means for detecting and storing the output of second optical means.

8. The optical processor of claim 7 wherein said matrix of light sensing elements of said detecting and integrating means is two-dimensional.

9. The optical processor of claim 7 wherein said scanning means is electronic for re-mapping signals into a model of said array by scanning each frequency position to provide an optical model of said array signals at each frequency.

10. A multi-dimensional optical processor for performing a sequence of optical operations on a twodimensional data input by coherent re-mapping of data points between processing stages with preservation of optical phase and amplitude thereof and dynamic phase and amplitude filtering in conjunction with the coherent re-mapping, said processor comprising:

first modulating means for modulating light signals with such data; first optical means for performing integral transform on the output of said first modulating means;

means for coherently re-mapping the output of said first optical integral transforming means and filtering coherently the output of said first optical integral transforming means, obtaining an output thereof;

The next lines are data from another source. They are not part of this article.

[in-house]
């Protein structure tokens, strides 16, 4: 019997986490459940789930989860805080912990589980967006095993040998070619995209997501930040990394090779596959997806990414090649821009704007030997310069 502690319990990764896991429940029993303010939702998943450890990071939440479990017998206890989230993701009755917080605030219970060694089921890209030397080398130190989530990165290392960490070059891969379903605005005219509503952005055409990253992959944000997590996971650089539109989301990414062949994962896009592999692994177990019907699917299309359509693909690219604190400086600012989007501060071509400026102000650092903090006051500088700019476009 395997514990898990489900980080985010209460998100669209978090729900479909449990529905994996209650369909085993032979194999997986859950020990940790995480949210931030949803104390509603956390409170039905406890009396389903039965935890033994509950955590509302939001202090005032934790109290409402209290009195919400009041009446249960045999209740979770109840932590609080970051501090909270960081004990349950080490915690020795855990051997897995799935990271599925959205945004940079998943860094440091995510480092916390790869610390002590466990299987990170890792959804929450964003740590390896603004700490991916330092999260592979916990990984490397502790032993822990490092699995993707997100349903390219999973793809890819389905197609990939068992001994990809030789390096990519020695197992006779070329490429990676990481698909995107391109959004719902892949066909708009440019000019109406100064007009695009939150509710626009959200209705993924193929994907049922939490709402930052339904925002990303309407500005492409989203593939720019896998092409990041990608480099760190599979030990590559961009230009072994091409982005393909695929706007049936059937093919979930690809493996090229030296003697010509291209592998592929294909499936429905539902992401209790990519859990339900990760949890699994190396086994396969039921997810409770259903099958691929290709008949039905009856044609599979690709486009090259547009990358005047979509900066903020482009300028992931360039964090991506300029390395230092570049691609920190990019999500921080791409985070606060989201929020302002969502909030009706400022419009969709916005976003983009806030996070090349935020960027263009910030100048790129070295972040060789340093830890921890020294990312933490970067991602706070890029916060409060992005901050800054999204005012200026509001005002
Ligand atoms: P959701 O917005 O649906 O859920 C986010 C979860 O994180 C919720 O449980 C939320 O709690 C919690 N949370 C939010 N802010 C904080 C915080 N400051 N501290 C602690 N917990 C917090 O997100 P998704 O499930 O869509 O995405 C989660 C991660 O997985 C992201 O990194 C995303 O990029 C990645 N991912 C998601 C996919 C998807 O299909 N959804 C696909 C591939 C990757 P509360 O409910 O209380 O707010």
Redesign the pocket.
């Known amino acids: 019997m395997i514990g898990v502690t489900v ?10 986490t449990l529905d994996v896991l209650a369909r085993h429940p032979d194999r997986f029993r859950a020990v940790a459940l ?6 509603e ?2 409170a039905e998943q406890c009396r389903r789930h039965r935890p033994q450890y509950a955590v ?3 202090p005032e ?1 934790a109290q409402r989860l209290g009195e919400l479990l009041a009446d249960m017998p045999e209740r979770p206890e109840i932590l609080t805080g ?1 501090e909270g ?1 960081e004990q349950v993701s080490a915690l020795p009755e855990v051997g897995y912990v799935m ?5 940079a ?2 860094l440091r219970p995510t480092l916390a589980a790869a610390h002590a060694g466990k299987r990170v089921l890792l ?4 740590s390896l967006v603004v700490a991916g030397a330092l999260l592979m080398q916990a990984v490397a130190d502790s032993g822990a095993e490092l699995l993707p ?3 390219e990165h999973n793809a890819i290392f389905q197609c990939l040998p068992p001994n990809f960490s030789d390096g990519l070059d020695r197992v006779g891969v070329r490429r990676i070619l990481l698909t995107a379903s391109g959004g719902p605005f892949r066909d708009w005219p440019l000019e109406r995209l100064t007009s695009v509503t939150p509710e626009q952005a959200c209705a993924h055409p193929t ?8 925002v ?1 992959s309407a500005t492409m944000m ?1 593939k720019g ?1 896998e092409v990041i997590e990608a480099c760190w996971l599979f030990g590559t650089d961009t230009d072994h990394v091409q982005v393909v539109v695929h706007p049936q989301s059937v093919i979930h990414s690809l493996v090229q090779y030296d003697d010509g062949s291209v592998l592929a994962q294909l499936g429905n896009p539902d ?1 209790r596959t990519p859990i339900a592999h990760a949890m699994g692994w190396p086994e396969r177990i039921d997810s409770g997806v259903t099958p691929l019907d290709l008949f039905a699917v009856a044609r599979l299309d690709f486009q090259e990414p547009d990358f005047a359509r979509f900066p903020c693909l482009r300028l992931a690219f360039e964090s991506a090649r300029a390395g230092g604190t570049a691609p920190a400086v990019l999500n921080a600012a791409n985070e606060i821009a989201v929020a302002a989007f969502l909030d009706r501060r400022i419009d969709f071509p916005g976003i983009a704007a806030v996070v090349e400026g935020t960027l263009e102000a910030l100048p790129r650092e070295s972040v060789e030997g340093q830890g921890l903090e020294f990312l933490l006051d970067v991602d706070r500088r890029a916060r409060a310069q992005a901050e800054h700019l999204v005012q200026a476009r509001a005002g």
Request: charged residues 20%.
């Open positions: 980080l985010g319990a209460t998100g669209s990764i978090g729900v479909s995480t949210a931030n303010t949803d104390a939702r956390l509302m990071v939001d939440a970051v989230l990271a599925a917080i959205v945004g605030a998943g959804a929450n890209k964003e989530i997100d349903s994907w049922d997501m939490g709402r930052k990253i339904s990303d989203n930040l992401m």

means for detecting the output of said re-mapping and filtering means and for obtaining an output thereof;

second modulating means for modulating light with the output of said detecting means;

second optical means for further integral transforming said signals; and

means for detecting and storing the output of said second optical means.

11. The optical processor of claim 10 wherein said coherently re-mapping and filtering means are dielectric wave guides.

12. The optical processor of claim 10 wherein said coherently re-mapping and filtering means include a reference beam and coherent detection means and said filtering means performing directly on the optical signals by a light modulating means before coherent detection thereof.

13. The optical processor of claim 10 wherein said means for coherently re-mapping and filtering the output of said first optical means is electrical.

14. The optical processor of claim 10 wherein said means for filtering the output of said first optical means includes modulating means of the output of said second

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Classifications

U.S. Classification | 708/821, 359/559, 702/77, 367/21, 367/64 |

International Classification | G06E3/00 |

Cooperative Classification | G06E3/001, G06E3/005 |

European Classification | G06E3/00A, G06E3/00A2 |